Switching From SIP To Skype..or Not

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Asterisk Users 10 Comments

I’m testing Asterisk at home, crummy connection. Skype works fine for me, but every SIP client, even without using Asterisk, fails to connect.
That’s ok.

Is swapping out SIP for Skype a big deal?

Heh, well, I guess it’s dead:


If I have a really bad connection, can I “downgrade” SIP somehow? I
don’t really need to use to make voice calls. Or, more specifically, quality, echo, distortion aren’t relevant. Just SIP to SIP “hello”.

When I connect to any SIP provider, ekiga, etc, without using Asterisk, I
get “too many hops” errors. While I have another computer on the LAN I
can connect to, it’s not quite the same.

Any thoughts?



10 thoughts on - Switching From SIP To Skype..or Not

  • Stay away from Skype! It is a toxic, proprietary product. The lack of interoperability by design is the antithesis of what a telecommunication system should be about — and the extent to which they have gone to thwart any attempt at interoperability is truly shocking.

    For connecting two Asterisk installations to each other over the Internet, IAX
    is better than SIP — that’s what it was designed for.

  • Your characterization may be true but Skype works much better than SIP
    when it comes to sound quality.

    I have SIP softphone with Asterisk server and Skype on the same workstation. Skype just works better over the same network.


  • SIP is not to blame for this. Its the audio codec being used. Skype has spend a great deal of effort with their SILK codec by making it highly tolerant of packet loss and jitter. The same cannot be said for the standard codecs Asterisk uses.

  • Hey all

    We have been working with SIP for years. It has the potential to be better than Skype. It is really all in the implementation. Not all SIP soft clients are equal nor are the networks and computers they are running on. I will not bash Skype. We have tested it and in most cases choose not to use it. It has it’s place and is good for the user that meets it’s specific target demographic. SIP is a sold communications protocol that can communication with codecs of differ audio and video quality levels, and supports industry standard software and hardware endpoints.

    With SIP you get to choose how good your quality is. With Skype Microsoft does.

    It comes down to what do you want to achieve, how much resource do you want to put in to it, and are you committed to a bit more work for a lot more options and better quality, or do you want a quick and easy solution with differing limits. Both solutions have their place. To me SIP vs Skype is like complaining apples and carrots do you want fruit or veggies you get to choose.

    You can choose to agree or disagree with my statements. I hope they are useful to some.




  • Opus was co-developed by Skype and could be used with Asterisk (if support to it was added).

  • The thing to remember about Skype is that they started out as the small guy, and they had some very interesting ideas, IMHO.

    I don’t actually know it’s a sound quality issue, per say. It’s double+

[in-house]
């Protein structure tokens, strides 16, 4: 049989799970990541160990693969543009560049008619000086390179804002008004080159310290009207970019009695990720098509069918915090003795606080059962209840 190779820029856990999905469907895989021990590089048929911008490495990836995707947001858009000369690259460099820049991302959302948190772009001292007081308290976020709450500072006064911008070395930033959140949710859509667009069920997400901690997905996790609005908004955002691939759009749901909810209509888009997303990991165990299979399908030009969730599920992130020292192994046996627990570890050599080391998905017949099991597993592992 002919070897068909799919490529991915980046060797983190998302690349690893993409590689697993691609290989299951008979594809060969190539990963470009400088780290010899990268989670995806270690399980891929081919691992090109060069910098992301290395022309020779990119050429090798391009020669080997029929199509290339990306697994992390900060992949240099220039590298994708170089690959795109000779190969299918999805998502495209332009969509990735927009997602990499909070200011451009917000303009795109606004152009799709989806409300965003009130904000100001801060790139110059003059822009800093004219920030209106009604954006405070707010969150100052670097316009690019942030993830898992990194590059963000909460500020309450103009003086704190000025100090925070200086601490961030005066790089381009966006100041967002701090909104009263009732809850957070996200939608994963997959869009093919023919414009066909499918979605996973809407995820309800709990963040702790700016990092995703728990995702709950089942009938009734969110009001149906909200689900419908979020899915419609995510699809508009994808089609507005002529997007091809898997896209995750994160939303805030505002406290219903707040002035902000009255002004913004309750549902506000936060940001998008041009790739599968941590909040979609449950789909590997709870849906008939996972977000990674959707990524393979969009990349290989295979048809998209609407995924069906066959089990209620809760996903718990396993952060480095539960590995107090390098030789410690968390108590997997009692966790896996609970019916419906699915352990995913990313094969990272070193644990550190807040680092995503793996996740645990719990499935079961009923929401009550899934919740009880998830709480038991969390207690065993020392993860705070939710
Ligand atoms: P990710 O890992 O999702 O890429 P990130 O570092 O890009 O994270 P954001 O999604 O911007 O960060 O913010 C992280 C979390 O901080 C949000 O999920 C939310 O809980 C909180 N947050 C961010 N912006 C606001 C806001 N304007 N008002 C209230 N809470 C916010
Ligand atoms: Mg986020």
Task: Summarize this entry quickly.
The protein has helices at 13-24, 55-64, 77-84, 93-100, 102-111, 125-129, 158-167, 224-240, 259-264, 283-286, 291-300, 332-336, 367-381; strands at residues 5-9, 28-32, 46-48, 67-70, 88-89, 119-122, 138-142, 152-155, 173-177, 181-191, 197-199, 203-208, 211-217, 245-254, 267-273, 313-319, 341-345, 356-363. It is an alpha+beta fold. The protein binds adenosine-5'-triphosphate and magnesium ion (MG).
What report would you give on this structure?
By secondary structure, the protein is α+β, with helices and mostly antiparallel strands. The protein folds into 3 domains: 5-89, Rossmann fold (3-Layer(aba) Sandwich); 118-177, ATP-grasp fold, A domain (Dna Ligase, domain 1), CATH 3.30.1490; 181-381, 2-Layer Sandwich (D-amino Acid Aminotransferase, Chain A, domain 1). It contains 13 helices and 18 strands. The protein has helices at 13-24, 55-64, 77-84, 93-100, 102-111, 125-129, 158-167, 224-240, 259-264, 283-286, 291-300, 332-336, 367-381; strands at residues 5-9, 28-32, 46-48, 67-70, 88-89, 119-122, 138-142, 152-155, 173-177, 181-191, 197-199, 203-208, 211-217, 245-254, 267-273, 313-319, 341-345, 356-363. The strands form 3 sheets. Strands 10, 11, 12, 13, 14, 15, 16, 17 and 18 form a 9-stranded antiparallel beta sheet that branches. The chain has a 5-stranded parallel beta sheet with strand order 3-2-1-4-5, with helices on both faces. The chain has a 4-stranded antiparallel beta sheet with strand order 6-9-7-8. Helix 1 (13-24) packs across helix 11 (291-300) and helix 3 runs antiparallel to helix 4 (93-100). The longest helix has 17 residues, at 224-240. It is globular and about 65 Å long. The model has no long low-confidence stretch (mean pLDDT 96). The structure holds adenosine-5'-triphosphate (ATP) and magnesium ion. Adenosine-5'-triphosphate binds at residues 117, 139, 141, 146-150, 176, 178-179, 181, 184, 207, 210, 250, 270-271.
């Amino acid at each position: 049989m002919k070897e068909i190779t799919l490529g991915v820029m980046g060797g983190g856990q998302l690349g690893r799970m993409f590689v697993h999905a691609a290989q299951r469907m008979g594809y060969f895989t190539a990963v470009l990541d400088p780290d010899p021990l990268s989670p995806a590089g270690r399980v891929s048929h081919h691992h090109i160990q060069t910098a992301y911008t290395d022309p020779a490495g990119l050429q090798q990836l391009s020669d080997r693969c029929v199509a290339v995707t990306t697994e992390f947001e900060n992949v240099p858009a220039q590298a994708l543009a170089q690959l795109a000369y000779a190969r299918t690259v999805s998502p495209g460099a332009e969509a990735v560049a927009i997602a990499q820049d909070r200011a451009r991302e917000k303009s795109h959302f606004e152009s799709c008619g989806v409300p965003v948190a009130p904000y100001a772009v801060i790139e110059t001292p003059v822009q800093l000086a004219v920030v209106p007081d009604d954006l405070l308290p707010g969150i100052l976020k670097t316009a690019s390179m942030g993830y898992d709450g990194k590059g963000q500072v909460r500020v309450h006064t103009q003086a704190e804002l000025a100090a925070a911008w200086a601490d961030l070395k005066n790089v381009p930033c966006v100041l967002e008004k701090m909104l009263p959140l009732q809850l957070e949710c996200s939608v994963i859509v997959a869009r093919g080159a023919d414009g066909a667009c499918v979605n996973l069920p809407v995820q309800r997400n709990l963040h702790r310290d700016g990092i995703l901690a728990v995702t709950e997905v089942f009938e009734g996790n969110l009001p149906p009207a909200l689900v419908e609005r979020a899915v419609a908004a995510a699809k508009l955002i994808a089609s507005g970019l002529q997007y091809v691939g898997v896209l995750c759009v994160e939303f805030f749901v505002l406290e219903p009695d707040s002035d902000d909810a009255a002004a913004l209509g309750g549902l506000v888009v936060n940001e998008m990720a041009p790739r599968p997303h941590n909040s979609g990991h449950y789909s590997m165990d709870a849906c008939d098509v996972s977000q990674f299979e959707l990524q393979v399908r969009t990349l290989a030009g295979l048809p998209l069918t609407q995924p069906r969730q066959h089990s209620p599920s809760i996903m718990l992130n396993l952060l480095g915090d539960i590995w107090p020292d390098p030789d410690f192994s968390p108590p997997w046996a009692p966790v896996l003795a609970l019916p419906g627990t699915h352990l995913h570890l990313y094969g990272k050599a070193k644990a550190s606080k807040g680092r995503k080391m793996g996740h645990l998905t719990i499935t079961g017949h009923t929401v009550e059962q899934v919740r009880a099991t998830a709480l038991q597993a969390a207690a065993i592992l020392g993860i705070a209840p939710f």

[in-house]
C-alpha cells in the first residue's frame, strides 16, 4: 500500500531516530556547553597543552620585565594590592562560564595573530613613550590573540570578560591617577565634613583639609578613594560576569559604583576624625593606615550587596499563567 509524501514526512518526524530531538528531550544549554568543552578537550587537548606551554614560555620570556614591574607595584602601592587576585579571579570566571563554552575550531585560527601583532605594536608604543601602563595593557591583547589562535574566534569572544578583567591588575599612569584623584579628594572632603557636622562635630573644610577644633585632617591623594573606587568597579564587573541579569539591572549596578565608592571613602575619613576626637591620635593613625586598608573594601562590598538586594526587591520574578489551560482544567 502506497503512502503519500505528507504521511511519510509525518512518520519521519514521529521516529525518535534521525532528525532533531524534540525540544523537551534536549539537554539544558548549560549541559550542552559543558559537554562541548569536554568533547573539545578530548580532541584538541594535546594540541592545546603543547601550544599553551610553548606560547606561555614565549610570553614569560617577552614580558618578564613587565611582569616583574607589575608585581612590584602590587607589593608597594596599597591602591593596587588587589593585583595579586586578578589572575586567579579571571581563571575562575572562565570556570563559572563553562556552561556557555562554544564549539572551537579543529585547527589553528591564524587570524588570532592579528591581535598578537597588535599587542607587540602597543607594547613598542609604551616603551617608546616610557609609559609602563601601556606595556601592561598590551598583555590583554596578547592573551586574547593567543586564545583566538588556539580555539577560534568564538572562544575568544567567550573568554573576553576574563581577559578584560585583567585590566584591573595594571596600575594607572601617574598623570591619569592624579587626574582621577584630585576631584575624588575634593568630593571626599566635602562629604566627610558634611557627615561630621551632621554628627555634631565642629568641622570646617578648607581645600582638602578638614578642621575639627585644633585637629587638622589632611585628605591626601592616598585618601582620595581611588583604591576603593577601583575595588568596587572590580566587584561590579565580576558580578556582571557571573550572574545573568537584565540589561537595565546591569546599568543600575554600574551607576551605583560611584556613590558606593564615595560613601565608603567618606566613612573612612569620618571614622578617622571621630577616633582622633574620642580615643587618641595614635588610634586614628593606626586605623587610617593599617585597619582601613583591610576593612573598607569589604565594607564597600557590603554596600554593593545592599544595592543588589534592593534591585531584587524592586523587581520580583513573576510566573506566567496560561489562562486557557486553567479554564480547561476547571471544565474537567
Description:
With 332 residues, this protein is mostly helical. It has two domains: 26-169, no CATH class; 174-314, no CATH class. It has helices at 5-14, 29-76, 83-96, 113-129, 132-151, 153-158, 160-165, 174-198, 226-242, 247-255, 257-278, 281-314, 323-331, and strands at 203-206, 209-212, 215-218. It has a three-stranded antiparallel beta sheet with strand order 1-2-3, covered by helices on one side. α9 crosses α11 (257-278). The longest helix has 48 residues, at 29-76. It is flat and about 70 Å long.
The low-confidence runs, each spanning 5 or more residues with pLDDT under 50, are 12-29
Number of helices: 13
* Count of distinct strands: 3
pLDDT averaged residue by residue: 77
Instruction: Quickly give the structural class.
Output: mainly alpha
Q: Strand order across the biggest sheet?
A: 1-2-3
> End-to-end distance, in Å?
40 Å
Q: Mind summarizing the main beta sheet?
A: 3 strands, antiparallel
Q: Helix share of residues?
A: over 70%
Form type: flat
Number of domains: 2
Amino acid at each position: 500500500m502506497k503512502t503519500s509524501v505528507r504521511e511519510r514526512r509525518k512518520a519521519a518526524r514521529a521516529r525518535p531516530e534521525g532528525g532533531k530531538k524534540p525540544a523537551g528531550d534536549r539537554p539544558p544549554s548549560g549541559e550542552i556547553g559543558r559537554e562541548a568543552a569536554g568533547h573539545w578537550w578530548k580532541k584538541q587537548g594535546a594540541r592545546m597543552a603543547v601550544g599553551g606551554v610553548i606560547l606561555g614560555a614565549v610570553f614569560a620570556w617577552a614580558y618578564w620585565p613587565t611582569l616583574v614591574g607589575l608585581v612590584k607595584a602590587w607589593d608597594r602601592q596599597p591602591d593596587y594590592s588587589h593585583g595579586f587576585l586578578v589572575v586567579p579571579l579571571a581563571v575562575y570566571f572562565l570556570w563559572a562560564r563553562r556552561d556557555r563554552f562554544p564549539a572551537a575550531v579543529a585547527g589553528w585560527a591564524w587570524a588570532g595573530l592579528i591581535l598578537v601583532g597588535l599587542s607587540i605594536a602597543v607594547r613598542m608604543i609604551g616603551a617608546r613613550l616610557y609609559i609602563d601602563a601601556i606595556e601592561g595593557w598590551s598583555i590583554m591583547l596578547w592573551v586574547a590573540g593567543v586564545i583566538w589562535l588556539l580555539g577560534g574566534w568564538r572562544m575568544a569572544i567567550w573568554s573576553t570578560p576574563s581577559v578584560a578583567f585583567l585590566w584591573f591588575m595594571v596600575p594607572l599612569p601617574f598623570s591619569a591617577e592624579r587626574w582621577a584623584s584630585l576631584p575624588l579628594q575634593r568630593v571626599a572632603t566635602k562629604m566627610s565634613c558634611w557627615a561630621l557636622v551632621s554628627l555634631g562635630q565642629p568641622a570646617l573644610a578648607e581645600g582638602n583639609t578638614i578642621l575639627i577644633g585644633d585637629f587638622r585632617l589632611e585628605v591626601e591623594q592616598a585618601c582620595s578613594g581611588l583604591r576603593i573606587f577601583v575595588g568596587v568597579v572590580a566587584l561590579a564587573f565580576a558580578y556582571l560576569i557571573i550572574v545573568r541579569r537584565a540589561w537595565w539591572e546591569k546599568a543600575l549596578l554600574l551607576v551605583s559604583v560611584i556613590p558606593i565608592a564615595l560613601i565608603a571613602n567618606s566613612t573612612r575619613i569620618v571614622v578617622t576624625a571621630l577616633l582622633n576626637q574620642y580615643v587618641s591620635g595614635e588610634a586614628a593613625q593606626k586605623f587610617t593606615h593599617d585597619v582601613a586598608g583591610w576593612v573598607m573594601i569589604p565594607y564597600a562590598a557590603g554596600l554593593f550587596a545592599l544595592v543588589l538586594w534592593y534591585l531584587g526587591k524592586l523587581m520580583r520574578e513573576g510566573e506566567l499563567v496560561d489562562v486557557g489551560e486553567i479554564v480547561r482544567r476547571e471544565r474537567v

NAT, with a wi-fi bridge, plus, sometimes, another wi-fi network. In that situation, skype works from a cell phone! Granted, there are dropped calls, but, eh.

    The way things stand, I can’t, unfortunately, use Ekiga to connect to the
    **outside** SIP provider because, apparently, there are too many hops:


    IAX might be useful in this circumstance 🙂


  • Sorry for the empty message. Pressed the wrong button.

    I have been wrestling with a pretty generic Asterisk configuration
    (version 11.11.0 ) set up with FreePBX. The trunk SIP is setup to allow ulaw,alaw,gsm, Video is disabled. I was using Eyebeam and am now trying Jitsi. Jitsi has a number of codecs enabled – opus, SILK, G722, speex,PCMU, PCMA, iLBC, GSM, G723 and telephone-event The internet connection from the workstation to my internet supplier
    (workstation to firewall/router to speed test server at ISP) tests at
    13MBs incoming 6Mbs outgoing.

    The problem has always been great sound from the other telephone and choppy sound (dropped sound fragments) from me to the caller with only one call going through Asterisk and the network pretty much dedicated to the my workstation.

    This has survived upgrades of everything (firewall, Asterisk server, workstation)

    This has reduced my Asterisk telephone to an answering machine with Skype as my way of actually talking to people. This fixes the sound issues and is actually cheaper since I pay a low monthly fixed cost for Skype access to all North American telephones. Skype does not seem to have an problem traversing the same network even with two way video active or during multi-party conferences (mix of Skype and telephones in the group).

    I would like to have a reliable 2 way conversation using Asterisk but have not found any suggestions about the source of the problem or how to fix it.


  • well, that was my thinking — hardware.

    If you have just a SIP *client*, ekiga, what-have-you, can it connect out with SIP to SIP fine? because, if so, that would be a powerful litmus test. If that test works, that establishes it’s not the network. (Yes, I know you tested bandwidth already, but I’d at least try SIP to SIP
    client to see if it matches Skype.)

    Once you know that SIP to SIP works, speaking for myself, I’d just do a clean install. If you’ve run out of troubleshooting steps, that’s the one to use.